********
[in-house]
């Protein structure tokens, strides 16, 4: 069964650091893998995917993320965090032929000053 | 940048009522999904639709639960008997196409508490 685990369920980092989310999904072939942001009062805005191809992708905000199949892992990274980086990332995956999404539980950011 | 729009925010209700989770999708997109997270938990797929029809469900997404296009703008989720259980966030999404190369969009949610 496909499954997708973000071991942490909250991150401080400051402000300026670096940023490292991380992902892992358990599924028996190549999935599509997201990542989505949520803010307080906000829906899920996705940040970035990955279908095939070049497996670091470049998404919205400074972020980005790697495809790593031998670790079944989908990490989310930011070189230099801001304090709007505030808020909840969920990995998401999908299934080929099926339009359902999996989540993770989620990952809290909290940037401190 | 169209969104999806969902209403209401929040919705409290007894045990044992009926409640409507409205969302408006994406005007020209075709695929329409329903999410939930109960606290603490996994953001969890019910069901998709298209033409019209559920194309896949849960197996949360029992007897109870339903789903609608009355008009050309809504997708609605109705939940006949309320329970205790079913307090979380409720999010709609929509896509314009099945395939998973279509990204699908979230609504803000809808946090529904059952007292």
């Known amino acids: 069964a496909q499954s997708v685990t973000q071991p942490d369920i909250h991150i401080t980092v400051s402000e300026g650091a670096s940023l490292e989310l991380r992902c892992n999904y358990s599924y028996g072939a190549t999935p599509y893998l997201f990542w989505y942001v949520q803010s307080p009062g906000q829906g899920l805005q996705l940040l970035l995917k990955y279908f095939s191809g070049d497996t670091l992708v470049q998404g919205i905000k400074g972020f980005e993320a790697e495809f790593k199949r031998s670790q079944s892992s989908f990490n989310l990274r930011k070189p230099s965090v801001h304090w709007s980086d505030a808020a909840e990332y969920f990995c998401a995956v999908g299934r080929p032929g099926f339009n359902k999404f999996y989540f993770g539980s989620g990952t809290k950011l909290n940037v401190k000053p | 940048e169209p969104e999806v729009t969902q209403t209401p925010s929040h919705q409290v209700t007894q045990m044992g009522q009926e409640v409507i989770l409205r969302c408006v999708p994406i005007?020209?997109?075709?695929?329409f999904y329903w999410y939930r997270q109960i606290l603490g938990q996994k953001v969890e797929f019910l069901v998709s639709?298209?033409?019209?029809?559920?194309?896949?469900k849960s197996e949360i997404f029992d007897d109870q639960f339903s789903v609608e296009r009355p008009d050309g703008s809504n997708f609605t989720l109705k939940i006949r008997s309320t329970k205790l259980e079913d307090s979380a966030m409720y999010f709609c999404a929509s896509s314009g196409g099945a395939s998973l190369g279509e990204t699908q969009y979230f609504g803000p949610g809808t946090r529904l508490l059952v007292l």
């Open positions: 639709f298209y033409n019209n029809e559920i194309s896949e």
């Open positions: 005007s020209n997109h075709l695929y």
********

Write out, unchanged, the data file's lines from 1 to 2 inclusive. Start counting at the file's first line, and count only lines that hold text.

[in-house]
């Protein structure tokens, strides 16, 4: 069964650091893998995917993320965090032929000053 | 940048009522999904639709639960008997196409508490 685990369920980092989310999904072939942001009062805005191809992708905000199949892992990274980086990332995956999404539980950011 | 729009925010209700989770999708997109997270938990797929029809469900997404296009703008989720259980966030999404190369969009949610 496909499954997708973000071991942490909250991150401080400051402000300026670096940023490292991380992902892992358990599924028996190549999935599509997201990542989505949520803010307080906000829906899920996705940040970035990955279908095939070049497996670091470049998404919205400074972020980005790697495809790593031998670790079944989908990490989310930011070189230099801001304090709007505030808020909840969920990995998401999908299934080929099926339009359902999996989540993770989620990952809290909290940037401190 | 169209969104999806969902209403209401929040919705409290007894045990044992009926409640409507409205969302408006994406005007020209075709695929329409329903999410939930109960606290603490996994953001969890019910069901998709298209033409019209559920194309896949849960197996949360029992007897109870339903789903609608009355008009050309809504997708609605109705939940006949309320329970205790079913307090979380409720999010709609929509896509314009099945395939998973279509990204699908979230609504803000809808946090529904059952007292």